Updated: Feb 1
Mastering technique and perpetuating traditional French charcuterie, while advocating for a reduced and well-thought-out meat consumption as well as the importance of craftsmanship.
Photo by Melissa Hom
Originally from Bordeaux, France, Aurélien spent his childhood in Germany, surrounded by farms, where charcuterie is an integral part of the gastronomic landscape. He discovered his passion for cooking from a very young age, and perfected his taste and passion for terroir by working alongside renowned Chefs and Meilleurs Ouvriers de France (MOF). The saga of competitions began early for this multi-awarded Chef. After enrolling in the MOFs selection, the highest and most prestigious award in France in the food industry, he got a job opportunity in New York city. A couple of months later, Aurélien was Chef charcutier for the prestigious Chef Daniel Boulud and his restaurant group. He has forged a strong reputation within the industry for an exceptional savoir-faire that only a very few know in the United States. Faced with a very high demand for top quality artisanal charcuterie, he decided to launch Dufour Gourmet.
Today, even if his profession does not encourage him to make the following statement, Aurélien nevertheless advocates the reduction of meat consumption. He also believes that the act of purchasing meat must be right-minded and directed towards traceability and local craftsmanship.
Welcome Aurélien to Chefs for Impact!
By Aurélien Dufour as told to Chefs for Impact
What is your definition of sustainable gastronomy?
"It means working with small producers who respect their products. The small cooperatives I work with bring together local farms from NY and its surrounding states. They raise an incredible quality of meat, which is never vacuum-packed. After working many years for the Dinex group, I have been able to build a strong network of purveyors. Today, they are my richness; without them, it would not be possible to make quality charcuterie. We have a very close relationship where I spend a lot of time clearly explaining what the expectations are. Sometimes, I even teach cutting techniques that are slightly different here in the U.S. from what we know in France. I use these practices in order to value every single piece of meat, to reduce waste, and to appreciate the taste."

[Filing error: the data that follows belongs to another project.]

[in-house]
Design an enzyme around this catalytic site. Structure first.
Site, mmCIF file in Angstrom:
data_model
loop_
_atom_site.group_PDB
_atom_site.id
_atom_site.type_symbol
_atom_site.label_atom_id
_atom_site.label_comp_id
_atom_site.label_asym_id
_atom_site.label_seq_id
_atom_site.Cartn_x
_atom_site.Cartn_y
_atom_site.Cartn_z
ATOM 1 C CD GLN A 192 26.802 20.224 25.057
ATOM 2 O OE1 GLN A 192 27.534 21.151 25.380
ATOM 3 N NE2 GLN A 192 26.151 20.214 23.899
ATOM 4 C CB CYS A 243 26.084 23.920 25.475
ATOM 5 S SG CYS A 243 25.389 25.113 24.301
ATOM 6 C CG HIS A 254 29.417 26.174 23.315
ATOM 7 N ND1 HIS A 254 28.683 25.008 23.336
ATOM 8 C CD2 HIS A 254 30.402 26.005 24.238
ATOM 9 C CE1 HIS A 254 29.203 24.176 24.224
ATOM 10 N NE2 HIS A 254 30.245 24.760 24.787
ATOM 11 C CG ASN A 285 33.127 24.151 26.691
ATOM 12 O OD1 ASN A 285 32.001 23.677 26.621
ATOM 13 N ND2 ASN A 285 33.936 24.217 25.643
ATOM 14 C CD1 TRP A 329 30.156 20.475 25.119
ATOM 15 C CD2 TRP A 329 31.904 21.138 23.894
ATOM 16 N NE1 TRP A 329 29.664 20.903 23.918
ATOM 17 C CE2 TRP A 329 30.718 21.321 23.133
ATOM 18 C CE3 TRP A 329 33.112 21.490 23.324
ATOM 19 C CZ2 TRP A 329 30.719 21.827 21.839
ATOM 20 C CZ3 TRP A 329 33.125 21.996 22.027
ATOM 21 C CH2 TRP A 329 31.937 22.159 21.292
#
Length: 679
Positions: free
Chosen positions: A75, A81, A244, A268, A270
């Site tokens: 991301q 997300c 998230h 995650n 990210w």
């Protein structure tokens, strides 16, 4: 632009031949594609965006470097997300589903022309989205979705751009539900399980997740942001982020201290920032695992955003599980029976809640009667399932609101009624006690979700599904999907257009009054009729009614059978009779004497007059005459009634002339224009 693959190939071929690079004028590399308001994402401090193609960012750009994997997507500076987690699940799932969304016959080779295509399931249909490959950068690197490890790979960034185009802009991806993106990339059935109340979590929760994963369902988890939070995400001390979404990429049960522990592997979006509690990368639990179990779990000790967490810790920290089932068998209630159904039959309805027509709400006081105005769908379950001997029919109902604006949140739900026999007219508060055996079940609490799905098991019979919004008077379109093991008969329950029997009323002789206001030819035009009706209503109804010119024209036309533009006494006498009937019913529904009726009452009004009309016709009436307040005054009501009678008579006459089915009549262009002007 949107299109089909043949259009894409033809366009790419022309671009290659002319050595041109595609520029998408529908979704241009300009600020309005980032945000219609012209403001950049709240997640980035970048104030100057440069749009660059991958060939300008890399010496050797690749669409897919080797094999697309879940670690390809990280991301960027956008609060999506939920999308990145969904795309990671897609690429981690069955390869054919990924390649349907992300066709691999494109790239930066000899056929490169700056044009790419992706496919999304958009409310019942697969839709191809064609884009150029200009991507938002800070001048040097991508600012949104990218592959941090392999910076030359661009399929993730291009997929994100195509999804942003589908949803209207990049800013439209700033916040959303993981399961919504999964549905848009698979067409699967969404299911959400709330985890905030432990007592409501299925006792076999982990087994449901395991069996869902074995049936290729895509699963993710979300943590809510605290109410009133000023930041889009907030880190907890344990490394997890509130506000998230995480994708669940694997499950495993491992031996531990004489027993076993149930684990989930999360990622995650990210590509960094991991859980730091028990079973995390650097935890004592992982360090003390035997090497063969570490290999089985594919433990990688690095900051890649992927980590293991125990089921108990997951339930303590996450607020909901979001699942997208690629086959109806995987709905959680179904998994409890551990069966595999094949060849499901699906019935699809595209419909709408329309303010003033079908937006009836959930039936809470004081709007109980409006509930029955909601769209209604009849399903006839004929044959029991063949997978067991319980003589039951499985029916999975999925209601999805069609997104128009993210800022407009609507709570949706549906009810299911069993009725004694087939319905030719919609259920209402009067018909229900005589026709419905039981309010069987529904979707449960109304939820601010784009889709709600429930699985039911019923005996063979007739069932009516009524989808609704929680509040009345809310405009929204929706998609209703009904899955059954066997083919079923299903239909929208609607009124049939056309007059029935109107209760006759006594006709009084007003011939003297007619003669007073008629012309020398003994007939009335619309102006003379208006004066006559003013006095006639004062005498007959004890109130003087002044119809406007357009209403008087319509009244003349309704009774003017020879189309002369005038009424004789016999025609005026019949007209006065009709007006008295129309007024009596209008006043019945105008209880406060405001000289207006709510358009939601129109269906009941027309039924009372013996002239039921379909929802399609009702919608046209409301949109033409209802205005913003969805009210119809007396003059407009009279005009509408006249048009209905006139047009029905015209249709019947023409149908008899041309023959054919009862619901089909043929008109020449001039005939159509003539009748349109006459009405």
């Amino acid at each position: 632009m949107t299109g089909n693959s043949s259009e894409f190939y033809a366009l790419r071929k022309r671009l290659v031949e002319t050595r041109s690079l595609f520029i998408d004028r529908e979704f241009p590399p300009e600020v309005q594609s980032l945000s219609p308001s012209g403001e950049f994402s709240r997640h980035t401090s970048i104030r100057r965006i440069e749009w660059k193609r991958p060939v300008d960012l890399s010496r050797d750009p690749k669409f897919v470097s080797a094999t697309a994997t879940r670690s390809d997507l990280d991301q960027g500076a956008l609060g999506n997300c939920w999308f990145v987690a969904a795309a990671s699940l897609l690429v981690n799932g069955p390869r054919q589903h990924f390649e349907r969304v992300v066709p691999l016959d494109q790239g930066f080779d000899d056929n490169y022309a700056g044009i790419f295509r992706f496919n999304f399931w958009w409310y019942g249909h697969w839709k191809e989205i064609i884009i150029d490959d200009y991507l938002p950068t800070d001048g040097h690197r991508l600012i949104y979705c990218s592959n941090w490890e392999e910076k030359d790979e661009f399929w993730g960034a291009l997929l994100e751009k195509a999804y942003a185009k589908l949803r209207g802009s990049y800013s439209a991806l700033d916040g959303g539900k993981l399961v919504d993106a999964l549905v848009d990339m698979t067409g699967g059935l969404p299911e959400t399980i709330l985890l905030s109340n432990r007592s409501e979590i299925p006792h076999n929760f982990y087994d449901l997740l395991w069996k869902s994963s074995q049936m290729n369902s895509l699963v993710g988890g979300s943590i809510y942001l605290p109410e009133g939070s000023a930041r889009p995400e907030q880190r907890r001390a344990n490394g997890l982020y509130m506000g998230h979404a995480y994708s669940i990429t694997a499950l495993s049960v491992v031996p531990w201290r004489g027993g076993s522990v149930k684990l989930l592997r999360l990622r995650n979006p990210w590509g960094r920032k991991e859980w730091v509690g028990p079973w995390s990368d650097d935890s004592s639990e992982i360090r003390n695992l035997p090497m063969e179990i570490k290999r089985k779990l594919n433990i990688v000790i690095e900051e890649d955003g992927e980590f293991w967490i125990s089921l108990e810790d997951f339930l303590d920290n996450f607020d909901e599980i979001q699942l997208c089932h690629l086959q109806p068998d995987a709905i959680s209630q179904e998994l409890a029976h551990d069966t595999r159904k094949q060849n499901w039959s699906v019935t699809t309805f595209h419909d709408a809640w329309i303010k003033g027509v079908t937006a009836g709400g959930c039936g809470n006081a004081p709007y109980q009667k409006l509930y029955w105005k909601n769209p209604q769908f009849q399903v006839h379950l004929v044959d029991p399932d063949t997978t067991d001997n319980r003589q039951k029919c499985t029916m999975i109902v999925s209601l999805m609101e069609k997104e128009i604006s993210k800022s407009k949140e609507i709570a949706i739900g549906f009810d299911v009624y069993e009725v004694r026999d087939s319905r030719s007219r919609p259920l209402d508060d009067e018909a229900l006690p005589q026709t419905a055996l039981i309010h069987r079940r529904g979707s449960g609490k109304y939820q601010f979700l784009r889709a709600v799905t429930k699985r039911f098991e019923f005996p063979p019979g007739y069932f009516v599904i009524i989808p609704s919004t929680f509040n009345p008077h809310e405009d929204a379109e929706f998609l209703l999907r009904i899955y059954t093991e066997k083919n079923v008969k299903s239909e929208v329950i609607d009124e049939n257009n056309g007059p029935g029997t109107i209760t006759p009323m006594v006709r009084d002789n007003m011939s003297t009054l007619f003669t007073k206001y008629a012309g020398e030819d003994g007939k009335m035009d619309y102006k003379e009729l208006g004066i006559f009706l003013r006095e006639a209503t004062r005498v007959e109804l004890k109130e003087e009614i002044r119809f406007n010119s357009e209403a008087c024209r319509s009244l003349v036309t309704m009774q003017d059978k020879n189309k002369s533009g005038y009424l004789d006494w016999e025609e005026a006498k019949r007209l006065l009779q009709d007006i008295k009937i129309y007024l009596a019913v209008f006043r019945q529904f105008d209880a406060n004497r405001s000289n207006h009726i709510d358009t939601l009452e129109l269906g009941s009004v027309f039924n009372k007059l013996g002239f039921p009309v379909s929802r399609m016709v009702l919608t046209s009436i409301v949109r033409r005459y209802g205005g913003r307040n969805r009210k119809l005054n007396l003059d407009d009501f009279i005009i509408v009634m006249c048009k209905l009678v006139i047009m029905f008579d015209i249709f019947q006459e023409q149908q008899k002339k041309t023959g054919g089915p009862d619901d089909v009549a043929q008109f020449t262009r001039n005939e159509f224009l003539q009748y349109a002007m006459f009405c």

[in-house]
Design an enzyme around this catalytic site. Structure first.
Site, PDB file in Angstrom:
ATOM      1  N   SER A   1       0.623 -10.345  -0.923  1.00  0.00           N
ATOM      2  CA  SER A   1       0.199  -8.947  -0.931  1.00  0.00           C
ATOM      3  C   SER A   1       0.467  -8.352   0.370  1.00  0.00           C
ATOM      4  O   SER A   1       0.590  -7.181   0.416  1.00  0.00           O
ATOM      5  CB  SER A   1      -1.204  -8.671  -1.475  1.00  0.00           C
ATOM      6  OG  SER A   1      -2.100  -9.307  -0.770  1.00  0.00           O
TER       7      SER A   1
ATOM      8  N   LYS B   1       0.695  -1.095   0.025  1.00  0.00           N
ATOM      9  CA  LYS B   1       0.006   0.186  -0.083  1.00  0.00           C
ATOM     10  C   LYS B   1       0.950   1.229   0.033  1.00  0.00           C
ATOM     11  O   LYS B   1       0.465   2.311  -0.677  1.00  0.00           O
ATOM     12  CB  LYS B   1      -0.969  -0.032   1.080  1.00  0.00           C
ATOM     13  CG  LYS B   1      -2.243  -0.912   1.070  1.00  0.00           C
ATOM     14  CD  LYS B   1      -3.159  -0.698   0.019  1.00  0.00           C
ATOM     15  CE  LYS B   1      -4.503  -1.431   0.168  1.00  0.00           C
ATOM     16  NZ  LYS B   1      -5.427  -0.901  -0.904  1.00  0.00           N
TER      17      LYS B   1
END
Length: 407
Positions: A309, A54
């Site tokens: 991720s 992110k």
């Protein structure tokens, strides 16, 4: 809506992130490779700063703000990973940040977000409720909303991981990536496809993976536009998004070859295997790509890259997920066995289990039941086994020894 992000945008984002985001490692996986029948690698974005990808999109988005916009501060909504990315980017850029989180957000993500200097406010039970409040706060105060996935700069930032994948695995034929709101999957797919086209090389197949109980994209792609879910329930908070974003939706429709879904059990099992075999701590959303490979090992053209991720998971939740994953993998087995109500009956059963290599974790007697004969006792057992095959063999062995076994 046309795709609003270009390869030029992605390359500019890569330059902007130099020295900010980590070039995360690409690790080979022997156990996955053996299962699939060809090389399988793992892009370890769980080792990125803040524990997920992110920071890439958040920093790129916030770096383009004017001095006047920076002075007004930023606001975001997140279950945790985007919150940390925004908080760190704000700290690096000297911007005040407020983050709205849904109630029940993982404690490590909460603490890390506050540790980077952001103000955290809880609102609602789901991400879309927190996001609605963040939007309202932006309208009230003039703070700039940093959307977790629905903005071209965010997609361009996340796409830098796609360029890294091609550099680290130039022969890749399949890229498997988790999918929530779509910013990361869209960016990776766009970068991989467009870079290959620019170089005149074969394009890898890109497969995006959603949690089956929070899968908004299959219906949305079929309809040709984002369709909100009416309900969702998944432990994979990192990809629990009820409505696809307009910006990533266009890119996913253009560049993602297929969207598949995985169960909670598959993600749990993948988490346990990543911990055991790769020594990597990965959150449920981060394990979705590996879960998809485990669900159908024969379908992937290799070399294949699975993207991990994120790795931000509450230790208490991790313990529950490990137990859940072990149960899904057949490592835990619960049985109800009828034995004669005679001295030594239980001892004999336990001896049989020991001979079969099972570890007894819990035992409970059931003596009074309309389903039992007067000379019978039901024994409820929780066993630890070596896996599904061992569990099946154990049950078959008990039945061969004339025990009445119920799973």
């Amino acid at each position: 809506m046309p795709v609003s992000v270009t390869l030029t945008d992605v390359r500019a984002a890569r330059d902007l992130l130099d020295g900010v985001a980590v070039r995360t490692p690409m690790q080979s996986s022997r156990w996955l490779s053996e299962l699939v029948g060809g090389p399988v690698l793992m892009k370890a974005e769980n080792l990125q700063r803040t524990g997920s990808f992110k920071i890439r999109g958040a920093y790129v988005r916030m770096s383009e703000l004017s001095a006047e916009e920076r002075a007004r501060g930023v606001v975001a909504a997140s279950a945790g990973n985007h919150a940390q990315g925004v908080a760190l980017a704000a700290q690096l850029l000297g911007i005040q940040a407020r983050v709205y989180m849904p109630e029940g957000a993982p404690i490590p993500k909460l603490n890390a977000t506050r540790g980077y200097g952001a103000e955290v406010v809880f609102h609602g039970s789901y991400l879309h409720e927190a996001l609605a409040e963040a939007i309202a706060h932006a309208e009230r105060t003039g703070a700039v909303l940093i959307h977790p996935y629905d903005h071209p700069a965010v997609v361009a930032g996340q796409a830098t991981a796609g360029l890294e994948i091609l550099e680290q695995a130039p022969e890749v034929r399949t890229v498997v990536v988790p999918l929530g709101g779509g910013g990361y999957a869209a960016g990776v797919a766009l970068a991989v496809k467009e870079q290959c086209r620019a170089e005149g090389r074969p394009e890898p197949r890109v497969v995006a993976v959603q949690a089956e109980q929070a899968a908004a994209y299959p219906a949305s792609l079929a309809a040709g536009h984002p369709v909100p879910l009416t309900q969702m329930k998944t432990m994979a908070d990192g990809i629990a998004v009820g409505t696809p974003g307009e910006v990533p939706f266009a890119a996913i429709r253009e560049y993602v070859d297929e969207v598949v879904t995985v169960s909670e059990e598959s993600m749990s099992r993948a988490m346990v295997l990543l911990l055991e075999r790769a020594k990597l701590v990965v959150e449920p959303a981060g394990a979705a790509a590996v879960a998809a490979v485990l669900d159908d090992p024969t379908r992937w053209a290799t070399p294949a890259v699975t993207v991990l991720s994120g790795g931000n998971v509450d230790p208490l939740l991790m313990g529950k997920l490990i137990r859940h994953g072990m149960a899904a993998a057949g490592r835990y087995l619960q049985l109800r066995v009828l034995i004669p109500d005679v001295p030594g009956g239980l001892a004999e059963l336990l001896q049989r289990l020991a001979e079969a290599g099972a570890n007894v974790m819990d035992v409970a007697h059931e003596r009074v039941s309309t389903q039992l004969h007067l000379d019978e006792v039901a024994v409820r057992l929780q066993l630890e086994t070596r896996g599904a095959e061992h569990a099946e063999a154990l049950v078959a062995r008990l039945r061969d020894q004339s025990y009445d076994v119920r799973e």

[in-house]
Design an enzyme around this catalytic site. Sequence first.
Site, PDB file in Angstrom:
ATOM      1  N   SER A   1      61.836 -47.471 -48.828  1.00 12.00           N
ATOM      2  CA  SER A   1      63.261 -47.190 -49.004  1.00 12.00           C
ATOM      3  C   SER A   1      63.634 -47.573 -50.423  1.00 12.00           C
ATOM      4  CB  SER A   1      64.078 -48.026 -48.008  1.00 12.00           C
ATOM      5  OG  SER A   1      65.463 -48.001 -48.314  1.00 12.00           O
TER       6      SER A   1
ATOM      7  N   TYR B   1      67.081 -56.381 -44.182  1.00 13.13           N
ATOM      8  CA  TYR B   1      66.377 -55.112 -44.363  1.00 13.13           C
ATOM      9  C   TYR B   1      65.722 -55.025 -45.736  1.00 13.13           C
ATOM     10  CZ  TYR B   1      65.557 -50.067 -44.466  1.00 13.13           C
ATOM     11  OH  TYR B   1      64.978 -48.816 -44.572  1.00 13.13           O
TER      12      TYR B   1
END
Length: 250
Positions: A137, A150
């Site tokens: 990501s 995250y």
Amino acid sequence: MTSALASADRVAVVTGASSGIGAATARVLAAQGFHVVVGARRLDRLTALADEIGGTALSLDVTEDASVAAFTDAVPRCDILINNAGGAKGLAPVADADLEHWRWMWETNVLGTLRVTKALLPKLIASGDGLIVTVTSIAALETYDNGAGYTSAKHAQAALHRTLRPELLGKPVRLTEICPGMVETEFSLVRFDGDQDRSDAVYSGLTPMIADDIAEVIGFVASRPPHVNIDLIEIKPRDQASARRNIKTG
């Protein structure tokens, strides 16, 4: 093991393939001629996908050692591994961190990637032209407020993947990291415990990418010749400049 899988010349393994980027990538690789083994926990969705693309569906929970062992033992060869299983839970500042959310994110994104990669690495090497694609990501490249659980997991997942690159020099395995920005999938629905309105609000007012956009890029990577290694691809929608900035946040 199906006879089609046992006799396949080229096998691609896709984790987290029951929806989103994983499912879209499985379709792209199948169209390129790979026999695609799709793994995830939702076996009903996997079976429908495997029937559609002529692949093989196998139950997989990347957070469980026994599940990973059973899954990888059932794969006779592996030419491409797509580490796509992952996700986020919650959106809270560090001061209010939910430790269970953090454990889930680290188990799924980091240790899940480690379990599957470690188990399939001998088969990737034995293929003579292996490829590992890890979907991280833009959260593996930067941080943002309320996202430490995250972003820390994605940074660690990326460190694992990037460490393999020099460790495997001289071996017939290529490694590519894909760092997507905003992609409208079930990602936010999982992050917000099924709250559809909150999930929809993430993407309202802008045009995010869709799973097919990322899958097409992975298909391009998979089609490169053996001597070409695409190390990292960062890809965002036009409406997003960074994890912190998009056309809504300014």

Since the trend is to reduce meat consumption and go vegan, is it sustainable to eat charcuterie?
"It's not going to be a revelation if I tell you that I'm not vegan and that I eat meat every day. Nevertheless, it is not healthy to eat meat every day, it is very bad for the arteries, and it reduces the blood circulation as well as causing fatigue and generally exposing you to more health problems. I do respect the vegan trends and I understand where they come from; however, I don't think you should stop eating meat. Meat consumption reduction is a crucial thought and the act of purchasing meat should always be preceded by a reflection on the origin of the product. Traceability is essential to eat quality products and not to fall into the trap of eating meat from factory farming. I think that mindful consumption is the best way to do it.
Have you ever opened a package of chicken bought from the supermarket and found it dripping with stick water? Some poultry companies inject substances into the breasts to add weight. The chickens are bloated with water, fed with GMOs, and injected with multiple chemicals. Sustainability is about the most natural way to do things. When people ask me: why is the shelf life of my pâtés ‘only’ 30 days while others can last months? The answer is quite simple: I use only natural products and no preservatives.
A good quality meat bought from the farmer might be slightly more expensive but the difference in terms of taste will be tremendous. We must support the small farmers who are doing their best to offer a superb quality. There must be a collective consciousness and the consumers must stop going for the simplest, and most profitable options."
How can you access these products when you live in a city like New York?
"Go directly to the farm when possible, or order online and have the products delivered. Anyone can access them in theory, but it does require some research. Farms such as Fossil farm, Lucky 7, and JJ farm offer fantastic products."
Do you think this crisis will change the American consumer’s meat consumption patterns?
"We are certainly going to see many changes from a nutritional point of view, and that’s good because the actual food system needs it. For several months now, people have cooked every day, made their own bread, and some people have started to diversify their source of supply. Perhaps this crisis may have had the advantage to make the American consumer a little healthier? In some households, there is a real lack of education about food and nutrition. Certain people do not even know that independent farmers still exist in the country; they only know about large slaughterhouses and industrial products. It is important to know how food was grown and it is crucial to understand the benefits to your health, to the planet, and the local communities. Know-how is the best educational tool to convey one's values through taste and pleasure.
The future of gastronomy is the return to local craftsmanship."
Learn more: https://www.dufourgourmet.com/